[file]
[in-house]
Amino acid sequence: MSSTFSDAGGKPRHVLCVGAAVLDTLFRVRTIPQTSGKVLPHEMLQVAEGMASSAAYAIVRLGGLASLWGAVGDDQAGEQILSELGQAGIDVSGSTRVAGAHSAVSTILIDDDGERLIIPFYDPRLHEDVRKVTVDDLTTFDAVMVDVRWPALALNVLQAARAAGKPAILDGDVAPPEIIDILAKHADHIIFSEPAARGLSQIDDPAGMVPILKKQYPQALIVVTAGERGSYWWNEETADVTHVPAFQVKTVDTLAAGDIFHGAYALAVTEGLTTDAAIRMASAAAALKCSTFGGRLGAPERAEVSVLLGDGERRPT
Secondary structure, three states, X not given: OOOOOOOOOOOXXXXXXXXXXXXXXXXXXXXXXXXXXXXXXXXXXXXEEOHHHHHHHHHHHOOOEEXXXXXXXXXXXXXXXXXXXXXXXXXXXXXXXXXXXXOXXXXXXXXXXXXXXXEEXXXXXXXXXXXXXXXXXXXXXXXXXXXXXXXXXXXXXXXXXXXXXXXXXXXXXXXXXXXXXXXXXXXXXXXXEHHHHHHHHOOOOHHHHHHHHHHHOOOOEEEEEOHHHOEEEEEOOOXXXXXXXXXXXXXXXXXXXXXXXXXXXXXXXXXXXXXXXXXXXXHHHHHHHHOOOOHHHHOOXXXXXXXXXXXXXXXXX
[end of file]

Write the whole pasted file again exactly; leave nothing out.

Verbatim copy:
[in-house]
Amino acid sequence: MSSTFSDAGGKPRHVLCVGAAVLDTLFRVRTIPQTSGKVLPHEMLQVAEGMASSAAYAIVRLGGLASLWGAVGDDQAGEQILSELGQAGIDVSGSTRVAGAHSAVSTILIDDDGERLIIPFYDPRLHEDVRKVTVDDLTTFDAVMVDVRWPALALNVLQAARAAGKPAILDGDVAPPEIIDILAKHADHIIFSEPAARGLSQIDDPAGMVPILKKQYPQALIVVTAGERGSYWWNEETADVTHVPAFQVKTVDTLAAGDIFHGAYALAVTEGLTTDAAIRMASAAAALKCSTFGGRLGAPERAEVSVLLGDGERRPT
Secondary structure, three states, X not given: OOOOOOOOOOOXXXXXXXXXXXXXXXXXXXXXXXXXXXXXXXXXXXXEEOHHHHHHHHHHHOOOEEXXXXXXXXXXXXXXXXXXXXXXXXXXXXXXXXXXXXOXXXXXXXXXXXXXXXEEXXXXXXXXXXXXXXXXXXXXXXXXXXXXXXXXXXXXXXXXXXXXXXXXXXXXXXXXXXXXXXXXXXXXXXXXEHHHHHHHHOOOOHHHHHHHHHHHOOOOEEEEEOHHHOEEEEEOOOXXXXXXXXXXXXXXXXXXXXXXXXXXXXXXXXXXXXXXXXXXXXHHHHHHHHOOOOHHHHOOXXXXXXXXXXXXXXXXX